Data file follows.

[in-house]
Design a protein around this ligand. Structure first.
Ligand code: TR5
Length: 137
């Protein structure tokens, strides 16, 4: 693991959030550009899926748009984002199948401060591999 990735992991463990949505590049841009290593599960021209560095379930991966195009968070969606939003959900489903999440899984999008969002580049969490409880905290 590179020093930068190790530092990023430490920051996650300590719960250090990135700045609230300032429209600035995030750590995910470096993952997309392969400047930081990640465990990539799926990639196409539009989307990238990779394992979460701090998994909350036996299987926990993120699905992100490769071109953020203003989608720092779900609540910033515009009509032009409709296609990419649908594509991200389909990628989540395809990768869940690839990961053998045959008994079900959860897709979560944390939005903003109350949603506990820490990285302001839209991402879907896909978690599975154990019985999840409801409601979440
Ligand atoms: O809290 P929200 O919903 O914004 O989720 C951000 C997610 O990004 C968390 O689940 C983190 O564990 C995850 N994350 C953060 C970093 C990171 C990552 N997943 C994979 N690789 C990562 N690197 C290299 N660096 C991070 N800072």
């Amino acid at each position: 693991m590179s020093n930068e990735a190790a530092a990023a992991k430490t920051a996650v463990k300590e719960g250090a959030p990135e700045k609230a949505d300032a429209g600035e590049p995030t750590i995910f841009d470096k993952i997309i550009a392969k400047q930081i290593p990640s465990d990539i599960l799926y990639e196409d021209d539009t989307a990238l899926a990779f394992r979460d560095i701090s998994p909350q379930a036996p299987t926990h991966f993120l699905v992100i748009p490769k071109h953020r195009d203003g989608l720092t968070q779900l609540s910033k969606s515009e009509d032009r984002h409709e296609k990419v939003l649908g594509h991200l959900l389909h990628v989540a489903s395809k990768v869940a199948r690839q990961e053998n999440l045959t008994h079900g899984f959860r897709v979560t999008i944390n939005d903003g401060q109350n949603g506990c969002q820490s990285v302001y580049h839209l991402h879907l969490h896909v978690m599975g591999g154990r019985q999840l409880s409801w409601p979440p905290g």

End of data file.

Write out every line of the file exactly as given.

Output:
[in-house]
Design a protein around this ligand. Structure first.
Ligand code: TR5
Length: 137
């Protein structure tokens, strides 16, 4: 693991959030550009899926748009984002199948401060591999 990735992991463990949505590049841009290593599960021209560095379930991966195009968070969606939003959900489903999440899984999008969002580049969490409880905290 590179020093930068190790530092990023430490920051996650300590719960250090990135700045609230300032429209600035995030750590995910470096993952997309392969400047930081990640465990990539799926990639196409539009989307990238990779394992979460701090998994909350036996299987926990993120699905992100490769071109953020203003989608720092779900609540910033515009009509032009409709296609990419649908594509991200389909990628989540395809990768869940690839990961053998045959008994079900959860897709979560944390939005903003109350949603506990820490990285302001839209991402879907896909978690599975154990019985999840409801409601979440
Ligand atoms: O809290 P929200 O919903 O914004 O989720 C951000 C997610 O990004 C968390 O689940 C983190 O564990 C995850 N994350 C953060 C970093 C990171 C990552 N997943 C994979 N690789 C990562 N690197 C290299 N660096 C991070 N800072």
């Amino acid at each position: 693991m590179s020093n930068e990735a190790a530092a990023a992991k430490t920051a996650v463990k300590e719960g250090a959030p990135e700045k609230a949505d300032a429209g600035e590049p995030t750590i995910f841009d470096k993952i997309i550009a392969k400047q930081i290593p990640s465990d990539i599960l799926y990639e196409d021209d539009t989307a990238l899926a990779f394992r979460d560095i701090s998994p909350q379930a036996p299987t926990h991966f993120l699905v992100i748009p490769k071109h953020r195009d203003g989608l720092t968070q779900l609540s910033k969606s515009e009509d032009r984002h409709e296609k990419v939003l649908g594509h991200l959900l389909h990628v989540a489903s395809k990768v869940a199948r690839q990961e053998n999440l045959t008994h079900g899984f959860r897709v979560t999008i944390n939005d903003g401060q109350n949603g506990c969002q820490s990285v302001y580049h839209l991402h879907l969490h896909v978690m599975g591999g154990r019985q999840l409880s409801w409601p979440p905290g």